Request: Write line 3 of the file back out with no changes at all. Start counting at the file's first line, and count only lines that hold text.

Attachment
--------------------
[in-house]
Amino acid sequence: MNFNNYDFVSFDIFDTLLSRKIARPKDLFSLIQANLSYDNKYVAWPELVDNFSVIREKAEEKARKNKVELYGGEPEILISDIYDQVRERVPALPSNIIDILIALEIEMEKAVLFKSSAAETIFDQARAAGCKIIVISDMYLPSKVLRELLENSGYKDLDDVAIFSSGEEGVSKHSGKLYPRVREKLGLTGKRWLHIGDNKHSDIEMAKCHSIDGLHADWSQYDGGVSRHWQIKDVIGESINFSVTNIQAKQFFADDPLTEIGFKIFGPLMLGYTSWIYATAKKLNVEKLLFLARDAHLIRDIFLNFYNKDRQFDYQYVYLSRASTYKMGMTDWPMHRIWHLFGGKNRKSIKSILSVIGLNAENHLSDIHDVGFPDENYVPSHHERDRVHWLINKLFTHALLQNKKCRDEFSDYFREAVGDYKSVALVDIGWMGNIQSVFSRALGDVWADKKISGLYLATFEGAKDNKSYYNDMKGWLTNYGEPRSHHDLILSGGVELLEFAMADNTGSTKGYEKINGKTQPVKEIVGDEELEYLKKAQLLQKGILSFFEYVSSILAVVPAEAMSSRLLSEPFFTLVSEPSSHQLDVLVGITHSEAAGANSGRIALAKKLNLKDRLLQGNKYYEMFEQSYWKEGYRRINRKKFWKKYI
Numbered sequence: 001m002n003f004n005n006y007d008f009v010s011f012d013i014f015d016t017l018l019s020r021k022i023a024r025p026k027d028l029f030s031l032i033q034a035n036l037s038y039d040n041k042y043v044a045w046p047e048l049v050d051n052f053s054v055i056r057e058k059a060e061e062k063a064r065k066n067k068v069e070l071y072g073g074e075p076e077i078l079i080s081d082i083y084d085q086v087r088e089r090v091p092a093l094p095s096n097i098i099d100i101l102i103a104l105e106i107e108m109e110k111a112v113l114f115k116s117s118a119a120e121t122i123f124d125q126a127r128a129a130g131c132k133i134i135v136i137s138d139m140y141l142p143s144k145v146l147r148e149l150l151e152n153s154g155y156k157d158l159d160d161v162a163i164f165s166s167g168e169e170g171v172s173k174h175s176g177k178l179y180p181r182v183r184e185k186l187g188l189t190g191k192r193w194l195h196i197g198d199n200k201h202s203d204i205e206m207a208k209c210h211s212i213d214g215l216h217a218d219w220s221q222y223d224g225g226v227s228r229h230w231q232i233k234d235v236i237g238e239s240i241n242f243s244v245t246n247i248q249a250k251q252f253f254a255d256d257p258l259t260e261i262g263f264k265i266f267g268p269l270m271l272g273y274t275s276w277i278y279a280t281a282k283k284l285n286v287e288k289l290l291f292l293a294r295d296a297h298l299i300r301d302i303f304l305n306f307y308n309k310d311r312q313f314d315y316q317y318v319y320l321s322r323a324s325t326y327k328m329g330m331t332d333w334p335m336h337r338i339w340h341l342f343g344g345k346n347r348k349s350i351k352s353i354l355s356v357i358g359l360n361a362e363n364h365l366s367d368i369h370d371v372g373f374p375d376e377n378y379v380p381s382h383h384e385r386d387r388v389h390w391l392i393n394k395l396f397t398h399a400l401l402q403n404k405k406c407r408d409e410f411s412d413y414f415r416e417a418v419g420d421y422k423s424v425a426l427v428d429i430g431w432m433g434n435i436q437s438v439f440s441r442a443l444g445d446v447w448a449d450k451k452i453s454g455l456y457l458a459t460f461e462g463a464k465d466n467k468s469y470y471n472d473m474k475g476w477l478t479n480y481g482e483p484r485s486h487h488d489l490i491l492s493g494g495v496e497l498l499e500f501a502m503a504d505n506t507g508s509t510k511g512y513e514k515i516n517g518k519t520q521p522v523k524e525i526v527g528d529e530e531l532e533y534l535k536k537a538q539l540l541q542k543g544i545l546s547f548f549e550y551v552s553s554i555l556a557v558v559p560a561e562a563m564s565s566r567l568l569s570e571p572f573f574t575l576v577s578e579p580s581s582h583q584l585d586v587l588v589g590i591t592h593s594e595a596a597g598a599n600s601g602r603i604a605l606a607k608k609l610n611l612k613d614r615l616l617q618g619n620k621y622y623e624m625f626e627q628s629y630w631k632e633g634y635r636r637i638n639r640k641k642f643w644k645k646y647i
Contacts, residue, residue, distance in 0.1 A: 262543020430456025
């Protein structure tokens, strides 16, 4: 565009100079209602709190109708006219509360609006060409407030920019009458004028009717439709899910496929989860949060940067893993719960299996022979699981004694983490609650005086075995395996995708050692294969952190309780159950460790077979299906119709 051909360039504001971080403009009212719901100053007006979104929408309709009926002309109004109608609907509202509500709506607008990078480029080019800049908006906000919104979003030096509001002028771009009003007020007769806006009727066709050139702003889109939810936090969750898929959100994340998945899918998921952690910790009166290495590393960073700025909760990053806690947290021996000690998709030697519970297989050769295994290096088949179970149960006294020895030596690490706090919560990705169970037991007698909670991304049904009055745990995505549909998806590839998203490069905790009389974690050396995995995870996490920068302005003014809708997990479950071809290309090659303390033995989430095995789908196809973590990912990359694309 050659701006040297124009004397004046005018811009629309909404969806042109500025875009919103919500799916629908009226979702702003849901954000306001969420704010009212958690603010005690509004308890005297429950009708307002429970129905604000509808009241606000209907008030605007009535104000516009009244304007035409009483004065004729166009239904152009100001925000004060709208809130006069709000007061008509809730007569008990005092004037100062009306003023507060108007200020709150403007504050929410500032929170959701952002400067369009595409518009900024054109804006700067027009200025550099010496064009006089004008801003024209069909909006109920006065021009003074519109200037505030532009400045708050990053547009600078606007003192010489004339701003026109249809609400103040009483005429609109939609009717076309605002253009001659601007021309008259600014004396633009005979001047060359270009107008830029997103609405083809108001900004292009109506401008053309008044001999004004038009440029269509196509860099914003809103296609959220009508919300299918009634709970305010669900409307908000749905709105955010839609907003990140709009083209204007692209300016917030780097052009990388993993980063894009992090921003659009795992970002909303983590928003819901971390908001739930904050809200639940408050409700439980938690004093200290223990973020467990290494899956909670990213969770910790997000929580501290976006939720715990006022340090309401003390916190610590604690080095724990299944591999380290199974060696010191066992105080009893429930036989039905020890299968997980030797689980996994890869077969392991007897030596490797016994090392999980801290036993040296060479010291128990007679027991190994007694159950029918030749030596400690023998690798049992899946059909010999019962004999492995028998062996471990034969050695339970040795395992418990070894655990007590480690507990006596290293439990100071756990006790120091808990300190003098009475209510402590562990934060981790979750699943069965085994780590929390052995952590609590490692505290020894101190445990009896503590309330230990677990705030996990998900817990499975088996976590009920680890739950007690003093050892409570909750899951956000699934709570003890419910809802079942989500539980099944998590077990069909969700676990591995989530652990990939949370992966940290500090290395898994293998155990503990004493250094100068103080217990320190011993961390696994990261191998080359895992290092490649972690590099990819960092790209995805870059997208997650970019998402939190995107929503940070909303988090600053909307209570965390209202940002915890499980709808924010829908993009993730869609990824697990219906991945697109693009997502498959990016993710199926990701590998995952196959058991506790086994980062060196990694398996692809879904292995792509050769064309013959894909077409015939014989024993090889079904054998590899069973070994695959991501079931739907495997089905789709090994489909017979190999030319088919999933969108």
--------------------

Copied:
Numbered sequence: 001m002n003f004n005n006y007d008f009v010s011f012d013i014f015d016t017l018l019s020r021k022i023a024r025p026k027d028l029f030s031l032i033q034a035n036l037s038y039d040n041k042y043v044a045w046p047e048l049v050d051n052f053s054v055i056r057e058k059a060e061e062k063a064r065k066n067k068v069e070l071y072g073g074e075p076e077i078l079i080s081d082i083y084d085q086v087r088e089r090v091p092a093l094p095s096n097i098i099d100i101l102i103a104l105e106i107e108m109e110k111a112v113l114f115k116s117s118a119a120e121t122i123f124d125q126a127r128a129a130g131c132k133i134i135v136i137s138d139m140y141l142p143s144k145v146l147r148e149l150l151e152n153s154g155y156k157d158l159d160d161v162a163i164f165s166s167g168e169e170g171v172s173k174h175s176g177k178l179y180p181r182v183r184e185k186l187g188l189t190g191k192r193w194l195h196i197g198d199n200k201h202s203d204i205e206m207a208k209c210h211s212i213d214g215l216h217a218d219w220s221q222y223d224g225g226v227s228r229h230w231q232i233k234d235v236i237g238e239s240i241n242f243s244v245t246n247i248q249a250k251q252f253f254a255d256d257p258l259t260e261i262g263f264k265i266f267g268p269l270m271l272g273y274t275s276w277i278y279a280t281a282k283k284l285n286v287e288k289l290l291f292l293a294r295d296a297h298l299i300r301d302i303f304l305n306f307y308n309k310d311r312q313f314d315y316q317y318v319y320l321s322r323a324s325t326y327k328m329g330m331t332d333w334p335m336h337r338i339w340h341l342f343g344g345k346n347r348k349s350i351k352s353i354l355s356v357i358g359l360n361a362e363n364h365l366s367d368i369h370d371v372g373f374p375d376e377n378y379v380p381s382h383h384e385r386d387r388v389h390w391l392i393n394k395l396f397t398h399a400l401l402q403n404k405k406c407r408d409e410f411s412d413y414f415r416e417a418v419g420d421y422k423s424v425a426l427v428d429i430g431w432m433g434n435i436q437s438v439f440s441r442a443l444g445d446v447w448a449d450k451k452i453s454g455l456y457l458a459t460f461e462g463a464k465d466n467k468s469y470y471n472d473m474k475g476w477l478t479n480y481g482e483p484r485s486h487h488d489l490i491l492s493g494g495v496e497l498l499e500f501a502m503a504d505n506t507g508s509t510k511g512y513e514k515i516n517g518k519t520q521p522v523k524e525i526v527g528d529e530e531l532e533y534l535k536k537a538q539l540l541q542k543g544i545l546s547f548f549e550y551v552s553s554i555l556a557v558v559p560a561e562a563m564s565s566r567l568l569s570e571p572f573f574t575l576v577s578e579p580s581s582h583q584l585d586v587l588v589g590i591t592h593s594e595a596a597g598a599n600s601g602r603i604a605l606a607k608k609l610n611l612k613d614r615l616l617q618g619n620k621y622y623e624m625f626e627q628s629y630w631k632e633g634y635r636r637i638n639r640k641k642f643w644k645k646y647i